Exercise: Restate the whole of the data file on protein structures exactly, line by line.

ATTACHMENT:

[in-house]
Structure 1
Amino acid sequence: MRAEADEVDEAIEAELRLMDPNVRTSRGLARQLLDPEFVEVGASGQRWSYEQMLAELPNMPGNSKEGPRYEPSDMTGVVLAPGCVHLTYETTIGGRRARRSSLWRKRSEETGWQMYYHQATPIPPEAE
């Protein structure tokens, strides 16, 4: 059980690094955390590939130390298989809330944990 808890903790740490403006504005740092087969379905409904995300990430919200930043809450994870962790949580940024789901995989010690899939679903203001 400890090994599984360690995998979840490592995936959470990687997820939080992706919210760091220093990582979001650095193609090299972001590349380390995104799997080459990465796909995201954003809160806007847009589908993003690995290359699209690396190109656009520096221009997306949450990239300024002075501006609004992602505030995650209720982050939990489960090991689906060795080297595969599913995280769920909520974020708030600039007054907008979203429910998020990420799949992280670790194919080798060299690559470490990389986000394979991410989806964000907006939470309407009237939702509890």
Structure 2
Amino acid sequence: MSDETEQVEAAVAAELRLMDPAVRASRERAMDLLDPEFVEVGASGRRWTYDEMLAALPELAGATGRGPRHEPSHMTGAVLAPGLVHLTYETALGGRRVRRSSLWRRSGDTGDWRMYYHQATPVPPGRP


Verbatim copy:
[in-house]
Structure 1
Amino acid sequence: MRAEADEVDEAIEAELRLMDPNVRTSRGLARQLLDPEFVEVGASGQRWSYEQMLAELPNMPGNSKEGPRYEPSDMTGVVLAPGCVHLTYETTIGGRRARRSSLWRKRSEETGWQMYYHQATPIPPEAE
């Protein structure tokens, strides 16, 4: 059980690094955390590939130390298989809330944990 808890903790740490403006504005740092087969379905409904995300990430919200930043809450994870962790949580940024789901995989010690899939679903203001 400890090994599984360690995998979840490592995936959470990687997820939080992706919210760091220093990582979001650095193609090299972001590349380390995104799997080459990465796909995201954003809160806007847009589908993003690995290359699209690396190109656009520096221009997306949450990239300024002075501006609004992602505030995650209720982050939990489960090991689906060795080297595969599913995280769920909520974020708030600039007054907008979203429910998020990420799949992280670790194919080798060299690559470490990389986000394979991410989806964000907006939470309407009237939702509890």
Structure 2
Amino acid sequence: MSDETEQVEAAVAAELRLMDPAVRASRERAMDLLDPEFVEVGASGRRWTYDEMLAALPELAGATGRGPRHEPSHMTGAVLAPGLVHLTYETALGGRRVRRSSLWRRSGDTGDWRMYYHQATPVPPGRP